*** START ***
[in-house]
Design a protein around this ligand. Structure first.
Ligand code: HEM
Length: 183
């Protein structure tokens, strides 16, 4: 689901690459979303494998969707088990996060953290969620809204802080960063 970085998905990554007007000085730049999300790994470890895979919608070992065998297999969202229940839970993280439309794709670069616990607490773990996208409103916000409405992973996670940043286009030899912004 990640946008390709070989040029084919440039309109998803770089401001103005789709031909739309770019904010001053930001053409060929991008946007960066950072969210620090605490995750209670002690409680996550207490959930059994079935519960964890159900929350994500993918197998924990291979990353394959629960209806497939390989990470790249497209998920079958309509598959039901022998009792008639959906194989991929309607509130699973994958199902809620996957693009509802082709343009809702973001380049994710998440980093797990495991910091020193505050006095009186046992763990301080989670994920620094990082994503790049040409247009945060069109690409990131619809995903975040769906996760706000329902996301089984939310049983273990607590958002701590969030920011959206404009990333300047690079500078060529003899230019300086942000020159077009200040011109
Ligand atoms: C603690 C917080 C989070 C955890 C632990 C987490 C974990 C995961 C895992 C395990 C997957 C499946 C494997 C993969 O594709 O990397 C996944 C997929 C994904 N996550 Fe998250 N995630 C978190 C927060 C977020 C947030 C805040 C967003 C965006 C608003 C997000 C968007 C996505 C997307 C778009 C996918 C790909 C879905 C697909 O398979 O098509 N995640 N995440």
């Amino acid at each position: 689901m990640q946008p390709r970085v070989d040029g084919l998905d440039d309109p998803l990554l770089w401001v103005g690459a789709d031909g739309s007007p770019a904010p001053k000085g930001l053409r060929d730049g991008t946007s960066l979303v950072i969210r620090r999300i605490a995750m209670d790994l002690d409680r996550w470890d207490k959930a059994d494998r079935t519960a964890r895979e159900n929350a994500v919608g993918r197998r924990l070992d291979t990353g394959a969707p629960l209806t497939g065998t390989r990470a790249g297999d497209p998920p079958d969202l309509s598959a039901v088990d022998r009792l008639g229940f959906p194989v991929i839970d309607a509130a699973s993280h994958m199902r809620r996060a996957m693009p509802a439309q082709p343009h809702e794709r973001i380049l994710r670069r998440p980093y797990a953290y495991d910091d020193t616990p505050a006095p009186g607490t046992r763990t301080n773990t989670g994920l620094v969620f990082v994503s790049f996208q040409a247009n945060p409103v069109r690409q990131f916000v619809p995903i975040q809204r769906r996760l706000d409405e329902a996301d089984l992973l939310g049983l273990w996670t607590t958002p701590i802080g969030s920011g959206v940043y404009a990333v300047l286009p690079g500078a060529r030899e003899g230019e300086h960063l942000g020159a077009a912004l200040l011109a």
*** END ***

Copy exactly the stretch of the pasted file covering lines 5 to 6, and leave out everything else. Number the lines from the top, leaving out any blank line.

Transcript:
């Protein structure tokens, strides 16, 4: 689901690459979303494998969707088990996060953290969620809204802080960063 970085998905990554007007000085730049999300790994470890895979919608070992065998297999969202229940839970993280439309794709670069616990607490773990996208409103916000409405992973996670940043286009030899912004 990640946008390709070989040029084919440039309109998803770089401001103005789709031909739309770019904010001053930001053409060929991008946007960066950072969210620090605490995750209670002690409680996550207490959930059994079935519960964890159900929350994500993918197998924990291979990353394959629960209806497939390989990470790249497209998920079958309509598959039901022998009792008639959906194989991929309607509130699973994958199902809620996957693009509802082709343009809702973001380049994710998440980093797990495991910091020193505050006095009186046992763990301080989670994920620094990082994503790049040409247009945060069109690409990131619809995903975040769906996760706000329902996301089984939310049983273990607590958002701590969030920011959206404009990333300047690079500078060529003899230019300086942000020159077009200040011109
Ligand atoms: C603690 C917080 C989070 C955890 C632990 C987490 C974990 C995961 C895992 C395990 C997957 C499946 C494997 C993969 O594709 O990397 C996944 C997929 C994904 N996550 Fe998250 N995630 C978190 C927060 C977020 C947030 C805040 C967003 C965006 C608003 C997000 C968007 C996505 C997307 C778009 C996918 C790909 C879905 C697909 O398979 O098509 N995640 N995440």